Stodden DF, Fleisig GS, McLean SP, Lyman SL, Andrews JR. Relationship of pelvis and upper torso kinematics to pitched baseball velocity. Journal of Applied Biomechanics 17(2):164-172, 2001.
Matsuo T, Escamilla RF, Fleisig GS, Barrentine SW, Andrews JF. Comparison of kinematic and temporal parameters between different pitch velocity groups. Journal of Applied Biomechanics 17(1): 1-13, 2001.
Stodden, DF, Fleisig, GS, McLean, SP, Andrews, JR. Relationship of Biomechanical Factors to Basebal Pitching Velocity: Within Pitcher Variation. Journal of Applied Biomechanics 21(1): 44-56, 2005
In three published studies, Dr. Glenn Fleisig and Dr. James R. Andrews from ASMI worked with other researchers in studying many of the parameters that affect baseball pitch velocity. Two of the studies looked between different pitchers and one study looked at variations within each pitcher. Motions during delivery were analyzed using a high speed (200 frames per second) infrared three-dimensional motion analysis system.
In the study by Matsuo and others, pitchers with higher ball velocity were compared with pitchers with lower ball velocity. Four significant differences were found between these two groups. Compared to the low ball velocity group, the higher ball velocity pitchers demonstrated less lead knee flexion velocity after front foot contact and greater lead knee extension velocity at the time of ball release. Extending the lead knee in this manner may provide stabilization allowing better energy transfer from the trunk to the throwing arm, and could be a critical factor in pitch velocity. Maximum shoulder external rotation and forward trunk tilt at ball release were also greater in the higher velocity group. Greater shoulder external rotation causes a stretch of the internal rotators allowing energy to be stored in these muscles, and creating greater internal rotation during the arm acceleration phase.
Two variations were found in the timing of events. Maximum elbow extension angular velocity and maximum shoulder internal rotation angular velocity occurred earlier in the motion of higher velocity pitchers. The maximum shoulder internal rotation angular velocity also occurred closer to the moment of ball release in the higher velocity pitchers. This optimal timing may aid in generating higher velocity pitches.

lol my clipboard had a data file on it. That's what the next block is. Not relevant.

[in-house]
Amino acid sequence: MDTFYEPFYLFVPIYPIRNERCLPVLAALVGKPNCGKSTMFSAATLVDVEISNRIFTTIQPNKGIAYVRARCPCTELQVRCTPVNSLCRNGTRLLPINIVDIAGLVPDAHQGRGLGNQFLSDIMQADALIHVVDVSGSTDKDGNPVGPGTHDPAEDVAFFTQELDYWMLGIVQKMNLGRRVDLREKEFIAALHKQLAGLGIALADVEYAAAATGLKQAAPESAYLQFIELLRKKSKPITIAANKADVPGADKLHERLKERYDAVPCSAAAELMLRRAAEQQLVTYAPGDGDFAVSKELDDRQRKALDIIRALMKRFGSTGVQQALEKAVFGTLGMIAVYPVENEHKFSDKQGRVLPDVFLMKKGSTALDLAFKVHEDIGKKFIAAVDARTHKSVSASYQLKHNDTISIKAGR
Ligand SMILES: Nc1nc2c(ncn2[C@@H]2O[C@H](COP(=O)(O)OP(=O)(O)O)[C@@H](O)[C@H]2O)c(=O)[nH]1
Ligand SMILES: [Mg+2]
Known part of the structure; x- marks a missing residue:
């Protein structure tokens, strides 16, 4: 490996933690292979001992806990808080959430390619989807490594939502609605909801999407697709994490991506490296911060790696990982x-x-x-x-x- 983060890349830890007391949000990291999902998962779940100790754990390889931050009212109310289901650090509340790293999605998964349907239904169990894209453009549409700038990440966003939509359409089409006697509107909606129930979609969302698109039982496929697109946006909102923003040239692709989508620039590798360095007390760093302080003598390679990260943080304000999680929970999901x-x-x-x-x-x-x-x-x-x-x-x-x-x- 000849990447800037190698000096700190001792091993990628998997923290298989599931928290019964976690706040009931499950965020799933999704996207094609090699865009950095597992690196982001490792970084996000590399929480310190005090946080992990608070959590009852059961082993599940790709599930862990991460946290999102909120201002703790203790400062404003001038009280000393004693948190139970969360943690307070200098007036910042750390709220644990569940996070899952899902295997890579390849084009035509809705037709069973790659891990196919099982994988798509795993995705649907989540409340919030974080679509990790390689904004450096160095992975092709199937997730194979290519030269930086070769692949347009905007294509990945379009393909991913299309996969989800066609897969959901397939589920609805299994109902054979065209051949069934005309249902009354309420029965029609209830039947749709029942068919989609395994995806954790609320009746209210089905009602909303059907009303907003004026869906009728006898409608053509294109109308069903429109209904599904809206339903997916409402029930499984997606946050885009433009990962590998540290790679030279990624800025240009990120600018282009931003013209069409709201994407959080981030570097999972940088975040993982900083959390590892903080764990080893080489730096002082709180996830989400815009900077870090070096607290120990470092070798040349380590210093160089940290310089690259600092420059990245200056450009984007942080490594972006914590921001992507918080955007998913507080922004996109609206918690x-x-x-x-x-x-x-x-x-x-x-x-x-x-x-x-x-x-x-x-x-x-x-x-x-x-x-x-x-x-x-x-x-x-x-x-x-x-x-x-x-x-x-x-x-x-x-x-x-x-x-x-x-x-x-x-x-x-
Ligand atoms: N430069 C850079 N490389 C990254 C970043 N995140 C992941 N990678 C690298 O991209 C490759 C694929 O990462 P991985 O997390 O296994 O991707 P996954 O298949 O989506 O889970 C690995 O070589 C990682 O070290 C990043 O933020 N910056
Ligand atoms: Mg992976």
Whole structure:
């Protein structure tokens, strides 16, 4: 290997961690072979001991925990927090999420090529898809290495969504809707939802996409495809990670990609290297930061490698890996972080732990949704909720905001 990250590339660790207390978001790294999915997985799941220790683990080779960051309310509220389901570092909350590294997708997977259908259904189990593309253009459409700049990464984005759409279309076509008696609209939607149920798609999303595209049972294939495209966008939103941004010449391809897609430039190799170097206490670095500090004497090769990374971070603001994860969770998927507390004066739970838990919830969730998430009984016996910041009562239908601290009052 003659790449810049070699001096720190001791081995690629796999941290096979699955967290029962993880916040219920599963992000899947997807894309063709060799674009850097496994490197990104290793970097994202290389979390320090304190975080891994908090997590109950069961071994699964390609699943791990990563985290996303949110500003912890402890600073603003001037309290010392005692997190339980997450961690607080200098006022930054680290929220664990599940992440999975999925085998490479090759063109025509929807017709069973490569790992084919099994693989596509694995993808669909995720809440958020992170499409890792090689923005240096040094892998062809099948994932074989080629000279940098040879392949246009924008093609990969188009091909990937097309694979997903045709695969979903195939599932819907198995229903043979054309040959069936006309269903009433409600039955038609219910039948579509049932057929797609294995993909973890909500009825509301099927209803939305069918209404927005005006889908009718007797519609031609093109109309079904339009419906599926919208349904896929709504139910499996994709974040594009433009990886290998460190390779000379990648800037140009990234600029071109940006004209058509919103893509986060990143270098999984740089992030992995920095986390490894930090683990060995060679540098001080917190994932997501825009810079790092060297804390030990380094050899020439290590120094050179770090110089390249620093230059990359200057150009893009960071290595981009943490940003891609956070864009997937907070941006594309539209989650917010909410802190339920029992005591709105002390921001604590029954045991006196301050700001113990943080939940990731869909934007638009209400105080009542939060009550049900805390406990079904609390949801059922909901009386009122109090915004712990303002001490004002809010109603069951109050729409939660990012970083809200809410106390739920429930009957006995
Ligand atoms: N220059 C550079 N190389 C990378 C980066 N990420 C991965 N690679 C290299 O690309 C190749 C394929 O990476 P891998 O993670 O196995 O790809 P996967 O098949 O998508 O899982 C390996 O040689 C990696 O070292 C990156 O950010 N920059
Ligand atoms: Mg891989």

Another finding of interest is that early in the pitching motion, the two groups were dissimilar in the timing of their movements, while their later movement timing was much more similar. This implies that early trunk and torso movements are more varied among pitchers than late arm movements.
In the first study by Stodden and others (2001), pelvis and upper torso variables were studied in 19 elite baseball pitchers. The study found that when the arm was completely cocked back (that is, maximum shoulder external rotation, or “MER”), more “open” pelvis and upper torso orientation correlated with increased ball velocity. More open pelvis angle at the time of ball release (REL) also correlated with increased pitch velocity increased. Additionally, pelvis angular velocity from front foot contact to MER, and upper torso angular velocity from MER to REL increased with increased velocity.
The data indicate that a pitcher who is able to position himself properly, and rotate his pelvis and upper torso more quickly is able to generate greater momentum. Theoretically, this increase in momentum leads to greater velocity of the throwing arm and thus greater pitch velocity.
The most recent study by Stodden and others (2005) showed that for a given pitcher, increased elbow flexion torque, shoulder proximal force and elbow proximal force produced greater ball velocity. In addition, the maximum shoulder horizontal adduction occurred later and maximum shoulder internal rotation occurred earlier at greater ball velocities. Higher ball velocity also resulted in decreased shoulder horizontal adduction at foot contact, decreased shoulder abduction during acceleration, and increased trunk tilt forward at ball release.
A pitcher with increased shoulder external rotation, faster pelvis and upper trunk rotation, and greater front knee stabilization and extension will throw with greater ball velocity. Improved timing to maximize arm velocity closer to the time of ball release will also help ball velocity. Increased torque and force produced at both the shoulder and elbow will also lead to greater ball velocity.